Red Echo

January 4, 2018

I went on a tear the other day, after finding out what wavetable synthesis actually does – I’d always vaguely assumed it was just another kind of sample playback, and wasn’t interested. A few hours of python later, I have a little program that goes mining through my music library, hunting for interesting waveforms; a little normalization and some spectral morphing later, and out come a bunch of wavetables, like you’d use in Serum or Massive.

The machine proceeds to use its wavetables, in a barely controlled sort of let’s-just-see-what-happens way, to generate anywhere from a few seconds to a few minutes of… well… let’s call it “sound”. It’s terrible, most of the time, admittedly – but it is a surprising kind of sound, too, and worth the exploration, for the compelling bits of alien music that sometimes come blurting out of that weird robot’s brain; dark throbbing rhythmic gritty off-kilter stuff that I would never have imagined making on purpose.

I had a few ideas for ways I might try to control this novel instrument – following the envelope or pitch of one sound to drive the generation of another, perhaps – so I went to look at the state of the music-analysis world, imagining I’d find some envelope-follower algorithm and do some stuff with FFTs.

Well, sure, tempo sync is old hat in the DJ world by now, and I’ve even gotten used to effortless key-matching, but the tools you can use now, and the kinds of information they can measure about music, are far beyond what I had imagined.

aubio, for example, is a Python library, and an unusually easy-to-use command line tool, which can find beats, follow the tempo, distinguish notes, follow the pitch of those notes, and also break the track up into its louder and quieter sections.

pyAudioAnalysis builds from there,, offering a generic toolkit for extracting, classifying, and measuring features in sound; you can use this library to train a custom segmentation engine, which will recognize and extract any particular pieces of an audio recording you might happen to be interested in.

Essentia, though, is the box of shiny toys that really made my head explode. Beat tracking, segmentation, feature classification, sure, we’ve seen that now; but how about… melody extraction? Mood detection? The list is amazing: dynamic complexity, spectral energy, dissonance, spectral complexity, beat loudness, and danceability!?

You’re not stuck on the command line, either – Sonic Visualizer will accept Essentia as a plug-in, along with a whole lot of others, and then there’s this Pure Data toolkit…

October 5, 2017

Thoughts about audio mixers

I’ve been spending a lot of time spinning music lately, and now that I’ve basically got the sound system I want, I’m thinking about mixers.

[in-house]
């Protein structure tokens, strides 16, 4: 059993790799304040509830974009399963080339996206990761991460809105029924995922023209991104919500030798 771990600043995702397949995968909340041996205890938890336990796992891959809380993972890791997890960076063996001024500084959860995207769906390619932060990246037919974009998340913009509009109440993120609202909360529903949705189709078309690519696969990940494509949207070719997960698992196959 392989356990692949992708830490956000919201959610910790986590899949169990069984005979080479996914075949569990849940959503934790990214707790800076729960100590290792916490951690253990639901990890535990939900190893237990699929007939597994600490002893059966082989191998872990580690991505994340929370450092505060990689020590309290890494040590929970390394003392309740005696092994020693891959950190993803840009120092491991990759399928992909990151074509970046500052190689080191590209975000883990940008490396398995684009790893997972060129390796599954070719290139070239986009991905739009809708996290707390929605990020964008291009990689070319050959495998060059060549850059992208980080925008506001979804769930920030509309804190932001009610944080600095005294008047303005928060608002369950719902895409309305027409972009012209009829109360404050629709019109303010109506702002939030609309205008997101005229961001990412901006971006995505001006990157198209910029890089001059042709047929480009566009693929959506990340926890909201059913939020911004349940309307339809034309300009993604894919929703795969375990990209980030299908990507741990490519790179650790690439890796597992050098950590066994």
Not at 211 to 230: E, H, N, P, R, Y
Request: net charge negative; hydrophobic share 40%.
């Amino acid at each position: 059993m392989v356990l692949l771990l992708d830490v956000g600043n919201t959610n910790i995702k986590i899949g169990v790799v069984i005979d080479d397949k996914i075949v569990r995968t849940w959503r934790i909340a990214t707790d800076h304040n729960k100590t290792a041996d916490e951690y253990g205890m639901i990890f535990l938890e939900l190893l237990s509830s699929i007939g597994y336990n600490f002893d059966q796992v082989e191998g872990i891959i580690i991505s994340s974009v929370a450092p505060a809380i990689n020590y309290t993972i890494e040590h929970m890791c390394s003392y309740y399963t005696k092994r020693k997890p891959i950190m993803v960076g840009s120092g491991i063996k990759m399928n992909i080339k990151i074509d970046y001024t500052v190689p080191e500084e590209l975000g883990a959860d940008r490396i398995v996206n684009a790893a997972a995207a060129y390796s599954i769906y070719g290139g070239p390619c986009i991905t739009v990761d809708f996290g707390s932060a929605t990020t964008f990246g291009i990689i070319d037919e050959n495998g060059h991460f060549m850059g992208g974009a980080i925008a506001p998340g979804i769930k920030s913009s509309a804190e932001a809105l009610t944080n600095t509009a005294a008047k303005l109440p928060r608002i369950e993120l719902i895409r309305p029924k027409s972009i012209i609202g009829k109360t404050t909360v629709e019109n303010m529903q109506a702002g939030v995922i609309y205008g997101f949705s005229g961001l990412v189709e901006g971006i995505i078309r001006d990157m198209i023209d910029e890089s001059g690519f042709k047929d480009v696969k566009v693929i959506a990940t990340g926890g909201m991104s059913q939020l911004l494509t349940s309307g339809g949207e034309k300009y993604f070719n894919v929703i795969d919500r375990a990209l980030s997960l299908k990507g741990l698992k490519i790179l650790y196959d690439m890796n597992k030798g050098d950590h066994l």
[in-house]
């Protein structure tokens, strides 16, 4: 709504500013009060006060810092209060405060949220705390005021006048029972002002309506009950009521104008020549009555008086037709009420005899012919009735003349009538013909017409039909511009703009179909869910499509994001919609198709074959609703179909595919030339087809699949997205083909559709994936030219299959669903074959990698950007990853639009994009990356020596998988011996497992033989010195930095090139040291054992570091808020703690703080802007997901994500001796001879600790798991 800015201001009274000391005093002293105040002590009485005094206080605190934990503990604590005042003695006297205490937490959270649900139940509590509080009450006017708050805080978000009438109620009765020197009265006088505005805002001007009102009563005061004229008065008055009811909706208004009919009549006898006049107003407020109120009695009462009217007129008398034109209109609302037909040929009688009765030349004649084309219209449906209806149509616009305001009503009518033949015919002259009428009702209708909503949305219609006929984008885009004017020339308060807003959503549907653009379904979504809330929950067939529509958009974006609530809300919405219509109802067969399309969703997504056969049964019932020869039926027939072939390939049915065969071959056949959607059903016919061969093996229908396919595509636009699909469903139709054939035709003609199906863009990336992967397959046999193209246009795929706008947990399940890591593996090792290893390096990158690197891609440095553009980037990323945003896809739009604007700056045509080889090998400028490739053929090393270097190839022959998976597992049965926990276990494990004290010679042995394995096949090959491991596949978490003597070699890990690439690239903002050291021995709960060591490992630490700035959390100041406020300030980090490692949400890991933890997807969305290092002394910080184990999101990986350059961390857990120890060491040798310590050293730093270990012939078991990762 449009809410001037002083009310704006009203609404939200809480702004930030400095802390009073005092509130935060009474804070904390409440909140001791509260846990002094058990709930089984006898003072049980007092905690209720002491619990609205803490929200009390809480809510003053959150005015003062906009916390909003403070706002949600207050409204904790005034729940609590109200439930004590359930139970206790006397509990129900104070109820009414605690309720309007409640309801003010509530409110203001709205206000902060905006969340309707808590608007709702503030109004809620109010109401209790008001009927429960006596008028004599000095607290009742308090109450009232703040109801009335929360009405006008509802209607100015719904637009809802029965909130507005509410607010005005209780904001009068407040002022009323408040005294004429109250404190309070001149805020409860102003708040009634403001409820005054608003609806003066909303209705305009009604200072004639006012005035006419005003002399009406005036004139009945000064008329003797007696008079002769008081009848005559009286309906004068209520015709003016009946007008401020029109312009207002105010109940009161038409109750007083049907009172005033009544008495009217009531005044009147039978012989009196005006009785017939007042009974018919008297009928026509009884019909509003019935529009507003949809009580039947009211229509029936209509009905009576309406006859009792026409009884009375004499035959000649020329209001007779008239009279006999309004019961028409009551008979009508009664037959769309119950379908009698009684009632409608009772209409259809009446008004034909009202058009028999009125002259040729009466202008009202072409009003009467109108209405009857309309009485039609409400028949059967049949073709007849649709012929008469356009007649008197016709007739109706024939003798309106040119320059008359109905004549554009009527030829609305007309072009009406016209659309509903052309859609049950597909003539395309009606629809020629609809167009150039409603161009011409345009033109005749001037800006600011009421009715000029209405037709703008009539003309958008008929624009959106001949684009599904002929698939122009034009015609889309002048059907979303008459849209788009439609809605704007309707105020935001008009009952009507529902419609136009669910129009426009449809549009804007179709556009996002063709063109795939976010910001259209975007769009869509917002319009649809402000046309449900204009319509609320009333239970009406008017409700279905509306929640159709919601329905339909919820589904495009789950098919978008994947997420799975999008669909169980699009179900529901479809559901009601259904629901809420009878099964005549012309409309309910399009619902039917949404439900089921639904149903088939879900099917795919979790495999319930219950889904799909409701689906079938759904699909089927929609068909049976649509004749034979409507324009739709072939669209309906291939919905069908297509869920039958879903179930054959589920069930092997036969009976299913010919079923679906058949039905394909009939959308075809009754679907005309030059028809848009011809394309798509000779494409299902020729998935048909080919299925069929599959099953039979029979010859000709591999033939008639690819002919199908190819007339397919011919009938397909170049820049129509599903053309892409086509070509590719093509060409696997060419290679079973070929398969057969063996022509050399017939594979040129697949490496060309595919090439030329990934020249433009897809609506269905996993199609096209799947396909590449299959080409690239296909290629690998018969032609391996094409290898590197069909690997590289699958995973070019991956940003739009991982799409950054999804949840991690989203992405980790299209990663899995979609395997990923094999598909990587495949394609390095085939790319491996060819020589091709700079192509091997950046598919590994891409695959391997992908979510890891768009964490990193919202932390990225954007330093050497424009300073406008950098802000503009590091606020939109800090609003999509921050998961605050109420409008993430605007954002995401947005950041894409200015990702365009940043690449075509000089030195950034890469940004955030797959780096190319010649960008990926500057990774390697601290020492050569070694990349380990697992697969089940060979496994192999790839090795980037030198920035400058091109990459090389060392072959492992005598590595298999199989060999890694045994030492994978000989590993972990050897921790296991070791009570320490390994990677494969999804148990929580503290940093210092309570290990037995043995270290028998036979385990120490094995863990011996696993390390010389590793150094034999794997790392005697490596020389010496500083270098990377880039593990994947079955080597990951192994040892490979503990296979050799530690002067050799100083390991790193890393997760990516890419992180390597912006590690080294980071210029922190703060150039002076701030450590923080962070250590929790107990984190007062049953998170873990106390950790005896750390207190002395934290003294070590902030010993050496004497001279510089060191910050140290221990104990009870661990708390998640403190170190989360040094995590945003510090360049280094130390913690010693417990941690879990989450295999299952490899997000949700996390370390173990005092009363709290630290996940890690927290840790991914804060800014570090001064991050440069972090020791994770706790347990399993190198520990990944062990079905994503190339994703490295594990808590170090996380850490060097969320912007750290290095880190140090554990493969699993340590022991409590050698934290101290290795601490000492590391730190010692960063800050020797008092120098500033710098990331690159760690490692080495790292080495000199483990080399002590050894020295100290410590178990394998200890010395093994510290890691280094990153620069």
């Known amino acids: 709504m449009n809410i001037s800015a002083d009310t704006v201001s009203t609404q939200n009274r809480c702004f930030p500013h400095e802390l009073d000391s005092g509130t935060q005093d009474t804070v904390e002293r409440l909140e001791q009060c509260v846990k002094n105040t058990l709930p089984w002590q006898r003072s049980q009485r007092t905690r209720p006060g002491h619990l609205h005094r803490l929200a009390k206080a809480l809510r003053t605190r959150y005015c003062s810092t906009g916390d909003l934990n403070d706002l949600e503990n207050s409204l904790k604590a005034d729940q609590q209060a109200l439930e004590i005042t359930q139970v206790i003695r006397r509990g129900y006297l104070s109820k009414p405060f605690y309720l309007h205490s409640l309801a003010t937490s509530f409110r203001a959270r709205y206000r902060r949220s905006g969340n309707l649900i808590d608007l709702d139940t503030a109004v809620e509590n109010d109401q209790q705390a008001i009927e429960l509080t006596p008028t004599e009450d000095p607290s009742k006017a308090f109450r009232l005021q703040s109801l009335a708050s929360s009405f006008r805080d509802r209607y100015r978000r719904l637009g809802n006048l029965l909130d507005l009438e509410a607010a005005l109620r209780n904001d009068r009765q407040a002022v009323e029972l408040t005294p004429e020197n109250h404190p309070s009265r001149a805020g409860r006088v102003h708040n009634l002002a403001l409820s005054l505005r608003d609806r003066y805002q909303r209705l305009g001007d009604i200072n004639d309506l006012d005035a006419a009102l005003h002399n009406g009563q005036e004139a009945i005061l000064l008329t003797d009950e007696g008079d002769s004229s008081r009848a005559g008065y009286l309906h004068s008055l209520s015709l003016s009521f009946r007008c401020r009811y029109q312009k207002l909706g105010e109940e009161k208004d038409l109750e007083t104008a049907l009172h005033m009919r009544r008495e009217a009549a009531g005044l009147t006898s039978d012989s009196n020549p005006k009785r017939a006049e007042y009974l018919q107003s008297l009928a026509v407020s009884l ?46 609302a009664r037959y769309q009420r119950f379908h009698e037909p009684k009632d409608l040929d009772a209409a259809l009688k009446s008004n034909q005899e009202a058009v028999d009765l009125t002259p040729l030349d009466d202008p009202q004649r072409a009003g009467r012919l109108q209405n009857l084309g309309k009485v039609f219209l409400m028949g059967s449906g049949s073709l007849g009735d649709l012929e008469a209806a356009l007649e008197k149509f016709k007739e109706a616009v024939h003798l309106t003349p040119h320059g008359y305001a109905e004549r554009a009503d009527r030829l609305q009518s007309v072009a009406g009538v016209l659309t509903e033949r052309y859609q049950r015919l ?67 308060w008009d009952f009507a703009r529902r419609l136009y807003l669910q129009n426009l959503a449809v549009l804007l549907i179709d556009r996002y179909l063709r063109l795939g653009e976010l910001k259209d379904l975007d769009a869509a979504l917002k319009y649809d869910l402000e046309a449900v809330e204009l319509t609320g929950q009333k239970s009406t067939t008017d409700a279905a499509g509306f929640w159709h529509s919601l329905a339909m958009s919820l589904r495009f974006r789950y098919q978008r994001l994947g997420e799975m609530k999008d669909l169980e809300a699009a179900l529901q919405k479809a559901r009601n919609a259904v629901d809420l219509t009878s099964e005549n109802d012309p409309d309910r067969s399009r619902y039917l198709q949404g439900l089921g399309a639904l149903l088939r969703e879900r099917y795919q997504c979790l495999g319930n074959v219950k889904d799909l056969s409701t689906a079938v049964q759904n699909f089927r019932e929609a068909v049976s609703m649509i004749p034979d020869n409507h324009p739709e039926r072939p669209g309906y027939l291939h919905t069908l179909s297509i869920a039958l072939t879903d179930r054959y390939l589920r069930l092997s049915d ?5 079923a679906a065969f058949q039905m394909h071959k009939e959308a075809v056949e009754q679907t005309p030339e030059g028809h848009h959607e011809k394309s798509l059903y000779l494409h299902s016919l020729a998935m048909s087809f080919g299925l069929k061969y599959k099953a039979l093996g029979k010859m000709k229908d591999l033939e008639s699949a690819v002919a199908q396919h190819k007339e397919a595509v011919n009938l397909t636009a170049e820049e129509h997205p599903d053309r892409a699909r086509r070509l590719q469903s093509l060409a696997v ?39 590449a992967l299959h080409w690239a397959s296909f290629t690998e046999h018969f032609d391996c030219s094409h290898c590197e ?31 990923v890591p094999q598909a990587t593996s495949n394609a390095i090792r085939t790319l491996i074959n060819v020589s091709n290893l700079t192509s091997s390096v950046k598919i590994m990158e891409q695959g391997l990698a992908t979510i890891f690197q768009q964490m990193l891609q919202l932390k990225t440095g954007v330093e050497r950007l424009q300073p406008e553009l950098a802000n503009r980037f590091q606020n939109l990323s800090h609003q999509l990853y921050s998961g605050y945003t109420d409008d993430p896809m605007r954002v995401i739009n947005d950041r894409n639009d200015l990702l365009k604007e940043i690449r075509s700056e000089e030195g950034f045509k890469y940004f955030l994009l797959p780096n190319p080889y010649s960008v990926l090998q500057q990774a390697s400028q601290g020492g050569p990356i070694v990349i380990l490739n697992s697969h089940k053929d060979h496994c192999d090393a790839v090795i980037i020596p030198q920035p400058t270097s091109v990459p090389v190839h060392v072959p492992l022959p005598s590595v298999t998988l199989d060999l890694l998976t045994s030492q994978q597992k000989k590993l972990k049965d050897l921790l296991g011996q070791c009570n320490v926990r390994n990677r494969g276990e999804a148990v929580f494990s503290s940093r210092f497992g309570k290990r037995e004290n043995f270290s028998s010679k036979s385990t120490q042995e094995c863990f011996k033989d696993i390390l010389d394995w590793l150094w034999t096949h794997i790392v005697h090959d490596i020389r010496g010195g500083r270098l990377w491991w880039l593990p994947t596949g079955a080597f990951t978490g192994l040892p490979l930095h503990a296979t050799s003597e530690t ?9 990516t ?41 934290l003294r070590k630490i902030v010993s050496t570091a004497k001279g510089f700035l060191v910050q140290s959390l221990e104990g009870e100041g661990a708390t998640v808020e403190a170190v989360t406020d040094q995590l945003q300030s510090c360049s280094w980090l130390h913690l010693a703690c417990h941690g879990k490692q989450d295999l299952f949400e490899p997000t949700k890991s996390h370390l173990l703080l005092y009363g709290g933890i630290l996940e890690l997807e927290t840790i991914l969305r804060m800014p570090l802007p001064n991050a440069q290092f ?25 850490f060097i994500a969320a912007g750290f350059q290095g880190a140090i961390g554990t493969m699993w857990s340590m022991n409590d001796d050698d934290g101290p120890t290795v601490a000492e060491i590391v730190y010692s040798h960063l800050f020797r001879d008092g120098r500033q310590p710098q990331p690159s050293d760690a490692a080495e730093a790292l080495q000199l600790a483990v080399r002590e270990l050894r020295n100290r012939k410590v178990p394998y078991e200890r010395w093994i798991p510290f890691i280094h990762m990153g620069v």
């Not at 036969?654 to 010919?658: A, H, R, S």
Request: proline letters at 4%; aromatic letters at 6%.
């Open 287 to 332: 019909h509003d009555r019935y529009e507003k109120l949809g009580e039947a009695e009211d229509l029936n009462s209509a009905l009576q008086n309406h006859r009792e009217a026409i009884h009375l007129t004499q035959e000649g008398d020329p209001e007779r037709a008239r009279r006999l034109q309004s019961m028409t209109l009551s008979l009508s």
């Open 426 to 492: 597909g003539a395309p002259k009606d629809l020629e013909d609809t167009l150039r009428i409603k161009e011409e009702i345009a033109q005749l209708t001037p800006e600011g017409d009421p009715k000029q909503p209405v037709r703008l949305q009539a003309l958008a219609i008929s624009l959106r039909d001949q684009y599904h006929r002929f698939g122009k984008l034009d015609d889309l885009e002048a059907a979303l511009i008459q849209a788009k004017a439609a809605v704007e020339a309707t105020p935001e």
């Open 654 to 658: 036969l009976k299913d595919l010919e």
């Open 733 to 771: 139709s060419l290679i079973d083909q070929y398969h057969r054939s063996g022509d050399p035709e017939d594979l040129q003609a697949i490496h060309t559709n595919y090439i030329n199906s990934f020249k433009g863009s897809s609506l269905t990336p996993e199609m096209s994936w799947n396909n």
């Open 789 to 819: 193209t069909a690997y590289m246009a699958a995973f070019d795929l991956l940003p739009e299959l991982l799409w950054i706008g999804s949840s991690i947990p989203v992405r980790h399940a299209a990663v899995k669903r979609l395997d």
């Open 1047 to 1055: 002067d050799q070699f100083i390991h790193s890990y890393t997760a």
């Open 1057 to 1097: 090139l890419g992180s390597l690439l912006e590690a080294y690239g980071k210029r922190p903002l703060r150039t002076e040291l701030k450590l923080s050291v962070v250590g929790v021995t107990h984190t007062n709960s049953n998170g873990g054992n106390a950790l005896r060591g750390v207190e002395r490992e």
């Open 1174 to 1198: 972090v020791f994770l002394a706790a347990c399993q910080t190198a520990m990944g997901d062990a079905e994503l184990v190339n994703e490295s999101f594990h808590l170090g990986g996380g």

In a nightclub environment, it makes sense for the venue to provide the equipment, since they’re going to leave it set up all the time and use it night after night. Club DJs therefore expect to show up and take turns playing their sets on the same set of decks.

Those of us who play in a festival / rave / party context, as I do, have a much more DIY attitude: everything gets set up and torn down all the time, every event comes together a little differently, and you never know what you’re going to find. We all therefore tend to be self-sufficient, bringing our own controllers and expecting nothing more than a PA hookup. So, there’s always a little fuss around patching in and out of the mixer, and it can be a little messy and complicated. At a party I went to over the weekend, there were some pretty significant disruptions to the flow of the music because the PA mixer which happened to be present worked a little differently than most of us were used to, and we had to figure it out as we went.

Beyond that, I’ve been hosting music jams at my house for a while now, where we all get together and plug in to the big PA system downstairs and take turns slinging music back and forth at each other. Normally you’re just transitioning from one DJ to the next – but in this environment there could be half a dozen of us all interacting randomly.

So I’ve been thinking about mixers. Nobody, so far as I can tell, actually makes the mixer I wish I had, so I’ve been… well, fantasizing, I guess, about the idea of building one myself. I probably won’t actually do this, more likely I’ll find an existing product which is close enough, but… I want something which is neither a standard PA mixer nor a standard DJ mixer, but something in between.

I want a six channel stereo line mixer in console format. That is, I want a box that sits on a table, with all of its plugs on top, so it’s easy to plug in and see where you’re plugged into without having to poke around in the dark.

PA mixers always have a bunch of mono channels. I don’t want any. We’re not a band, there are no instruments, there are no microphones. Everyone using this device has a fully-formed stereo signal to contribute. Most mixers also have EQs on each channel. I’d rather omit them. We already have those knobs on our controllers.

All I want, on each channel, is a pair of stereo input jacks and a volume fader, maybe also a level meter or at least a single LED to indicate that signal is present.